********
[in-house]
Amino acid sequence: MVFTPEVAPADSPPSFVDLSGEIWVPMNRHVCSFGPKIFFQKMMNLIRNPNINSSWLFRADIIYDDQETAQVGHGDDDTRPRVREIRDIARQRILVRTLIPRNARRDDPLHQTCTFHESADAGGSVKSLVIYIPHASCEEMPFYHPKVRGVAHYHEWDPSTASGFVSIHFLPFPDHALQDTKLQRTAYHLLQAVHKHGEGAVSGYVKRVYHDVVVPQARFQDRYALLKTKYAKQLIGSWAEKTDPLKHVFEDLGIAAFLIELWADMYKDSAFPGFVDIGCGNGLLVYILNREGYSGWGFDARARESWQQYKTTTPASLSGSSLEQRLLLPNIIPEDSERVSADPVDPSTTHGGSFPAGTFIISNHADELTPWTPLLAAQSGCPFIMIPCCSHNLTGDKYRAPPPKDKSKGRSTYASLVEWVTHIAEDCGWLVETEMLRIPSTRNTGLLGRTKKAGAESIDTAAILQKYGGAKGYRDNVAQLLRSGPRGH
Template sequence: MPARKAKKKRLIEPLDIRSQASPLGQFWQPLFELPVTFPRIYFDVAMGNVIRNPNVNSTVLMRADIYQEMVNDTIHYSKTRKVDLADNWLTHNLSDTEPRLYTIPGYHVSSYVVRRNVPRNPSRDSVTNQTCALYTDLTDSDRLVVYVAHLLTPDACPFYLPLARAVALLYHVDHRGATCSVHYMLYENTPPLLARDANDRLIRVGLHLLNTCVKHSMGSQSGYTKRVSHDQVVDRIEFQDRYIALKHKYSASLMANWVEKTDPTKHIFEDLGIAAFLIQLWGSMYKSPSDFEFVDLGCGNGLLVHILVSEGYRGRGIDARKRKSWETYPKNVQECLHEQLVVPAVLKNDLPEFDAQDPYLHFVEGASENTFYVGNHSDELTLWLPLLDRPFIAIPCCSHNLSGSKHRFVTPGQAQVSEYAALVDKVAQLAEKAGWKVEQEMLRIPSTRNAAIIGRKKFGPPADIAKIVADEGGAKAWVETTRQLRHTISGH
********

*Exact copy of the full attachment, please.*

[in-house]
Amino acid sequence: MVFTPEVAPADSPPSFVDLSGEIWVPMNRHVCSFGPKIFFQKMMNLIRNPNINSSWLFRADIIYDDQETAQVGHGDDDTRPRVREIRDIARQRILVRTLIPRNARRDDPLHQTCTFHESADAGGSVKSLVIYIPHASCEEMPFYHPKVRGVAHYHEWDPSTASGFVSIHFLPFPDHALQDTKLQRTAYHLLQAVHKHGEGAVSGYVKRVYHDVVVPQARFQDRYALLKTKYAKQLIGSWAEKTDPLKHVFEDLGIAAFLIELWADMYKDSAFPGFVDIGCGNGLLVYILNREGYSGWGFDARARESWQQYKTTTPASLSGSSLEQRLLLPNIIPEDSERVSADPVDPSTTHGGSFPAGTFIISNHADELTPWTPLLAAQSGCPFIMIPCCSHNLTGDKYRAPPPKDKSKGRSTYASLVEWVTHIAEDCGWLVETEMLRIPSTRNTGLLGRTKKAGAESIDTAAILQKYGGAKGYRDNVAQLLRSGPRGH
Template sequence: MPARKAKKKRLIEPLDIRSQASPLGQFWQPLFELPVTFPRIYFDVAMGNVIRNPNVNSTVLMRADIYQEMVNDTIHYSKTRKVDLADNWLTHNLSDTEPRLYTIPGYHVSSYVVRRNVPRNPSRDSVTNQTCALYTDLTDSDRLVVYVAHLLTPDACPFYLPLARAVALLYHVDHRGATCSVHYMLYENTPPLLARDANDRLIRVGLHLLNTCVKHSMGSQSGYTKRVSHDQVVDRIEFQDRYIALKHKYSASLMANWVEKTDPTKHIFEDLGIAAFLIQLWGSMYKSPSDFEFVDLGCGNGLLVHILVSEGYRGRGIDARKRKSWETYPKNVQECLHEQLVVPAVLKNDLPEFDAQDPYLHFVEGASENTFYVGNHSDELTLWLPLLDRPFIAIPCCSHNLSGSKHRFVTPGQAQVSEYAALVDKVAQLAEKAGWKVEQEMLRIPSTRNAAIIGRKKFGPPADIAKIVADEGGAKAWVETTRQLRHTISGH